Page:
Privacy of One’s Wallet

The People v Long case cited in today’s earlier Stop & Identify post was superseded by a later appellate decision (People v Long, 189 Cal. App. 3d 377 (1987)), but its treatment of the constitutional propriety of requiring Long to produce identification was not changed.  Police conducting a premises check of a bar spotted what appeared to be a minor female with Long.  He told police his name but denied having identification on him. “Officer Luca noticed a wallet-sized bulge in his rear pants pocket. He then asked defendant for written identification. Defendant said he had none. The officer then directed defendant to look through his wallet, believing it must have contained identification.”  When defendant turned away from Officer Luca to look in his wallet Luca “turned him back so he could see what he was doing” and observed “several open, clear, plastic baggies or bindles he recognized as common methamphetamine packaging.”  The trial court denied Long’s motion to suppress the evidence seized from his wallet.  The appellate court reviewed “the constitutional propriety of the police officer’s directive to defendant, a lawfully detained person, that he produce written identification”–an issue on which there was then no direct federal or California decision.  The court “recognize[d] there exists a reasonable expectation of privacy in the contents of one’s wallet, including identifying information.”  In the context of a Terry stop that reasonable expectation of privacy is balanced by legitimate state interests:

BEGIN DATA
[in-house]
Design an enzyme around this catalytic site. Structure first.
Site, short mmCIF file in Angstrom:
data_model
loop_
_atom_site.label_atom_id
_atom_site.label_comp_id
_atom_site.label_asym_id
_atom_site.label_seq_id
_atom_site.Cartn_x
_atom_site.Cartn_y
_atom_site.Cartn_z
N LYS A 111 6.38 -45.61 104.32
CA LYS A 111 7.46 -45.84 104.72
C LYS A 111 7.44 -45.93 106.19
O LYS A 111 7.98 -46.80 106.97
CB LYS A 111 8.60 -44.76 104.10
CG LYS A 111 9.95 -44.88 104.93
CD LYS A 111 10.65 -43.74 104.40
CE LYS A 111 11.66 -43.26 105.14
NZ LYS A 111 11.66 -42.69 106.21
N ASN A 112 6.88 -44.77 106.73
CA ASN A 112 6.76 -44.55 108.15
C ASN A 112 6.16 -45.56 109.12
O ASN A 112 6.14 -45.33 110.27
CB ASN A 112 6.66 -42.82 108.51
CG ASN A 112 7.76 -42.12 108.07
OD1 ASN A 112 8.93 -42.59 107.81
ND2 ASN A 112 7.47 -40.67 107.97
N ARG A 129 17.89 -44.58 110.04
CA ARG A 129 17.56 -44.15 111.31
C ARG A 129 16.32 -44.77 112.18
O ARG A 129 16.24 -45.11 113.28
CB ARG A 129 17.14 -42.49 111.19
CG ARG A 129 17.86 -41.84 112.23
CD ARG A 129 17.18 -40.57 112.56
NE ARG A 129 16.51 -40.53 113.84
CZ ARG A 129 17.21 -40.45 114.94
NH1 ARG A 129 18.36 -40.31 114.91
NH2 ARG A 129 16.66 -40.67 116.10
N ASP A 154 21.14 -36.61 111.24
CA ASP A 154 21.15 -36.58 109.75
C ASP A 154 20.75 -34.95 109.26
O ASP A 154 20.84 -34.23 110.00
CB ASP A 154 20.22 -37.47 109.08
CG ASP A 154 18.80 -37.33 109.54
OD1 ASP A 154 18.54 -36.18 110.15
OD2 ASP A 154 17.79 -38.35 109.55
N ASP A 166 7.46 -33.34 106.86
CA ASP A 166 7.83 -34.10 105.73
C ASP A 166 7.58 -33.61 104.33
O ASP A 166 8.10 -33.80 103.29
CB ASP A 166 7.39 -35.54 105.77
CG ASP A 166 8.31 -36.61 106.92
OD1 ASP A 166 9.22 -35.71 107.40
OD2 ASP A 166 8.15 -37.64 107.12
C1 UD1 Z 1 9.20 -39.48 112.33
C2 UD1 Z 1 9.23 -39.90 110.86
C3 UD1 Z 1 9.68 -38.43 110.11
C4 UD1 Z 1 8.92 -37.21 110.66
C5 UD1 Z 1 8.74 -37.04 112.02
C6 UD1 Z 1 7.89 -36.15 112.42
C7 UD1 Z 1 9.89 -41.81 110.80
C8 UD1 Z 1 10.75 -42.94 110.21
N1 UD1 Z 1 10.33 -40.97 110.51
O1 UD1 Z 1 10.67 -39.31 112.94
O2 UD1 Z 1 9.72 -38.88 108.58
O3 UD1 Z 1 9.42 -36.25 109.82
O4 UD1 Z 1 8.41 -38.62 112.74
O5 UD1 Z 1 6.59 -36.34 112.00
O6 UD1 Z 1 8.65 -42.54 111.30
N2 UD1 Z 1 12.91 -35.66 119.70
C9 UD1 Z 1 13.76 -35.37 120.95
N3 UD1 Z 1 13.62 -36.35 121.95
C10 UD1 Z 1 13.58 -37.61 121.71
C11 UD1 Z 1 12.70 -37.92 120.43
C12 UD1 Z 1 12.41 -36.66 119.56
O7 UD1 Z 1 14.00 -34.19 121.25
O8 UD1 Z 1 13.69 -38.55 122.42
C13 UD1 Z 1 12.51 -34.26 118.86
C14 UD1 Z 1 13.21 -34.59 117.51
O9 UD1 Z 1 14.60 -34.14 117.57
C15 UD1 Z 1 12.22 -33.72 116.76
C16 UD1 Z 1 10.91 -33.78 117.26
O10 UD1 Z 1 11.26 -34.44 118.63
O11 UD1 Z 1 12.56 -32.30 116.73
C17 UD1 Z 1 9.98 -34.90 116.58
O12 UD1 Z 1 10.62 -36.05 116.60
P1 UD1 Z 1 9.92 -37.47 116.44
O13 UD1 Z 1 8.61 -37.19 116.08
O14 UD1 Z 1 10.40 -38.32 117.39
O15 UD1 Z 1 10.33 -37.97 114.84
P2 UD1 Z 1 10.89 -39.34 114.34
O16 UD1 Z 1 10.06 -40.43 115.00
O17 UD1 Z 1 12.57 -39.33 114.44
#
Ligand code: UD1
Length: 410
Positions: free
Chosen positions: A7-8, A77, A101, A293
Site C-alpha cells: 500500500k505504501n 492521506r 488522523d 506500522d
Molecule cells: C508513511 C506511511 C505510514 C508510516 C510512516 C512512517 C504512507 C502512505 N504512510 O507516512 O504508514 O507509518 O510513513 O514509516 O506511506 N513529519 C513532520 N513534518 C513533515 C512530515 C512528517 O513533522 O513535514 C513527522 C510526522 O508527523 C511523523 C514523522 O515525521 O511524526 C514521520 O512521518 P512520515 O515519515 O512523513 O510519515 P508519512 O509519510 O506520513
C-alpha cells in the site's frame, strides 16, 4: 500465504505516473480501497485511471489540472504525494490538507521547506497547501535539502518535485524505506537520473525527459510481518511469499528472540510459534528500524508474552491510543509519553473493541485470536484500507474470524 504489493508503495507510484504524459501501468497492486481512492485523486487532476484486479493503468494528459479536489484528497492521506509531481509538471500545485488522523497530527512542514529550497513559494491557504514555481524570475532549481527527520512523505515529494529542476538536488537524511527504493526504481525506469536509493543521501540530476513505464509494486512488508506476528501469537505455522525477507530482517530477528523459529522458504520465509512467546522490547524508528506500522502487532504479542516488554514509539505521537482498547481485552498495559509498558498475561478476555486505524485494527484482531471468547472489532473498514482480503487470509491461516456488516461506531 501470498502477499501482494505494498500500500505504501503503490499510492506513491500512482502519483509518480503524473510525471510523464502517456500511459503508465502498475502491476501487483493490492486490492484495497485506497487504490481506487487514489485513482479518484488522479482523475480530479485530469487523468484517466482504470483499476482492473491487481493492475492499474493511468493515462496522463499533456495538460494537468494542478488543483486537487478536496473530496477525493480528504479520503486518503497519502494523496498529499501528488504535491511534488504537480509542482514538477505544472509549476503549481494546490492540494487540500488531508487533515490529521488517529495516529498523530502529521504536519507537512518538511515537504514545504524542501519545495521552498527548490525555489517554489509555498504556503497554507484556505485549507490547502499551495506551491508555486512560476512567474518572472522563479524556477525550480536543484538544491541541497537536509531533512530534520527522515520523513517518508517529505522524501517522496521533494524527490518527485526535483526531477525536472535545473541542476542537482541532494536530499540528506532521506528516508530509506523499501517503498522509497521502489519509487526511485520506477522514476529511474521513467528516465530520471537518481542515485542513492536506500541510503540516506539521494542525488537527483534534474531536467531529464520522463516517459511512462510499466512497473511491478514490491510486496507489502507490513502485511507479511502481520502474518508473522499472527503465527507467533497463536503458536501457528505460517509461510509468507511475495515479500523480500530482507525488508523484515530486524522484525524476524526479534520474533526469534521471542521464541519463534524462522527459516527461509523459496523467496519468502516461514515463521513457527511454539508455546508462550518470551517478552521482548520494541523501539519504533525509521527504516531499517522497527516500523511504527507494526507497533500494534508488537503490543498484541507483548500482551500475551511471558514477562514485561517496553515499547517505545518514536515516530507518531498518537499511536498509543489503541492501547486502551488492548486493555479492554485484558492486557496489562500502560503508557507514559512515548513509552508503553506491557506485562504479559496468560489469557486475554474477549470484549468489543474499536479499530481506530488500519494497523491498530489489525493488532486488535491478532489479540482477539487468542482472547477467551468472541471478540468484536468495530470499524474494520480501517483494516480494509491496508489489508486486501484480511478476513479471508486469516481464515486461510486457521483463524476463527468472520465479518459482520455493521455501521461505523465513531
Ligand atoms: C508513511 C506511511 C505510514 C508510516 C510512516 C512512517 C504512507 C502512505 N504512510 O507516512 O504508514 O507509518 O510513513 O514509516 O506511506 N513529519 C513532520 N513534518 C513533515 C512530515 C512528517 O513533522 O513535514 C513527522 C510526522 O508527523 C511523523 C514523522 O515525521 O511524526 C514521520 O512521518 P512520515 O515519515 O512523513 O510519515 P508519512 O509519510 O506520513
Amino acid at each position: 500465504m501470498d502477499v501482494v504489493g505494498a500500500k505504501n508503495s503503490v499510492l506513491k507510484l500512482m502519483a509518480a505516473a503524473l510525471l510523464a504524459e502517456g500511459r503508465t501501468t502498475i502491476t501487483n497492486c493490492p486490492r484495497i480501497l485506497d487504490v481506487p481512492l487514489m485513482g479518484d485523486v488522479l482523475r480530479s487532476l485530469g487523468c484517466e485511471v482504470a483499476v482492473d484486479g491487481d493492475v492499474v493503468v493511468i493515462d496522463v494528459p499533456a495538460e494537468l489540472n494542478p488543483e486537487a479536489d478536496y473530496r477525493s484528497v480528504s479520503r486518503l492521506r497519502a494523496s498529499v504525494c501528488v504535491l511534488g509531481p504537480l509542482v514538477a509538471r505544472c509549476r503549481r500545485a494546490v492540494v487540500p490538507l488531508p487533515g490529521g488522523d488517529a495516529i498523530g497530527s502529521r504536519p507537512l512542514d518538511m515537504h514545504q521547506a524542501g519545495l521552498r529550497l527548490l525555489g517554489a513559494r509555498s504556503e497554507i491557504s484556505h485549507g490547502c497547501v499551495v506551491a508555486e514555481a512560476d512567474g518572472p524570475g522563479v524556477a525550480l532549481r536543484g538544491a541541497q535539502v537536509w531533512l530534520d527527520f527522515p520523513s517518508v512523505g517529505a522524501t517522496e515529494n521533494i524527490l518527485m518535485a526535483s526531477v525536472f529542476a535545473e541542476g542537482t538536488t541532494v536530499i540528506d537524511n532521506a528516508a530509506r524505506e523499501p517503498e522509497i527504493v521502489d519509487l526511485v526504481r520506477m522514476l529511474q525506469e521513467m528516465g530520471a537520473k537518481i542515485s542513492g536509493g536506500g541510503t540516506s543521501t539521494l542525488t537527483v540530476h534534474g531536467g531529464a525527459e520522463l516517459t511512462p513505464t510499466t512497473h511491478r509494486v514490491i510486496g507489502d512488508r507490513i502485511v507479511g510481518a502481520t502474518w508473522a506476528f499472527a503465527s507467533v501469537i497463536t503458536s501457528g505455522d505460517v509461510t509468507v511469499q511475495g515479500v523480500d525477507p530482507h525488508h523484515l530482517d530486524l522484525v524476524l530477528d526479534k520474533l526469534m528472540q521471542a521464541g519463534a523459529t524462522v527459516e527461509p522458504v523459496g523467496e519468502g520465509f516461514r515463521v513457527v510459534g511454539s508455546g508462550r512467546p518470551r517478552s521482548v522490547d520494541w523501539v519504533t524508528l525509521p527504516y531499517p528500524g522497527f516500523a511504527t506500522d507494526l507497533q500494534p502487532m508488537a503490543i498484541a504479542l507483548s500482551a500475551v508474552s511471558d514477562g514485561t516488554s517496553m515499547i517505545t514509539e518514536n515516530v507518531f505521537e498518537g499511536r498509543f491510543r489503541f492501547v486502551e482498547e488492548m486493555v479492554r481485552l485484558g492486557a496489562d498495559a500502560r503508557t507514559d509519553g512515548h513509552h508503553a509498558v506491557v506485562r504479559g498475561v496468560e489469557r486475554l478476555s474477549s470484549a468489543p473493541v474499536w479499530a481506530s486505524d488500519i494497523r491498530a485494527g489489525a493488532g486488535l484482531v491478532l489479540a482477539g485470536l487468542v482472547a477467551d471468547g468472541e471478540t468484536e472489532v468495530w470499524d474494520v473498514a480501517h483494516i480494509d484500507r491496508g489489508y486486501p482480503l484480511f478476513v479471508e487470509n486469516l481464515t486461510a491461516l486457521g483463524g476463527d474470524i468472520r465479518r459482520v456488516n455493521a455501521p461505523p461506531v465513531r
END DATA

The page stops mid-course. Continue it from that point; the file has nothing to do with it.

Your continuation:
The voluntary display of identification is a routine experience for most of us. Measured against the obvious and substantial need for police recording the identity of a person suspected of having committed a crime, we find reasonable the minimal intrusion involved here in requiring the production of identification. In addition, defendant’s oral statement of his name was suspect when he insisted he had no identification while appearing to carry a wallet and, in addition, he seemed intoxicated.

The court upheld the constitutionality of the police requiring Long to produce his identification.  Note again that this issue arose during a Terry stop, absent which the police have no right to temporarily detain and question anyone.

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